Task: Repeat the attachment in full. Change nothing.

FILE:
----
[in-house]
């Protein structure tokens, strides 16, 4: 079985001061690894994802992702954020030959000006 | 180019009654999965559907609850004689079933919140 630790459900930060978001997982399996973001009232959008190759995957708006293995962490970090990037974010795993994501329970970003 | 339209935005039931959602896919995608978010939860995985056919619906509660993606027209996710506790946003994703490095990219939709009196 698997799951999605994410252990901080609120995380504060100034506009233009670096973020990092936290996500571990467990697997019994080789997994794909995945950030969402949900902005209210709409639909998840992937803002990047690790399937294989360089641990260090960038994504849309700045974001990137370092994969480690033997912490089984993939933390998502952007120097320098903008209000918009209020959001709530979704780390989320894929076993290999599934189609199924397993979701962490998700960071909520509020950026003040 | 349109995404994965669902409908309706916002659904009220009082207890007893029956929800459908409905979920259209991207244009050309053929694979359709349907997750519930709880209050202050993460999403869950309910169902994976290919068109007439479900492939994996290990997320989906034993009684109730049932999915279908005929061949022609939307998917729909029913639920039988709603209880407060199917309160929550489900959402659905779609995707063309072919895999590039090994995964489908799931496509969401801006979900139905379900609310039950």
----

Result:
[in-house]
């Protein structure tokens, strides 16, 4: 079985001061690894994802992702954020030959000006 | 180019009654999965559907609850004689079933919140 630790459900930060978001997982399996973001009232959008190759995957708006293995962490970090990037974010795993994501329970970003 | 339209935005039931959602896919995608978010939860995985056919619906509660993606027209996710506790946003994703490095990219939709009196 698997799951999605994410252990901080609120995380504060100034506009233009670096973020990092936290996500571990467990697997019994080789997994794909995945950030969402949900902005209210709409639909998840992937803002990047690790399937294989360089641990260090960038994504849309700045974001990137370092994969480690033997912490089984993939933390998502952007120097320098903008209000918009209020959001709530979704780390989320894929076993290999599934189609199924397993979701962490998700960071909520509020950026003040 | 349109995404994965669902409908309706916002659904009220009082207890007893029956929800459908409905979920259209991207244009050309053929694979359709349907997750519930709880209050202050993460999403869950309910169902994976290919068109007439479900492939994996290990997320989906034993009684109730049932999915279908005929061949022609939307998917729909029913639920039988709603209880407060199917309160929550489900959402659905779609995707063309072919895999590039090994995964489908799931496509969401801006979900139905379900609310039950």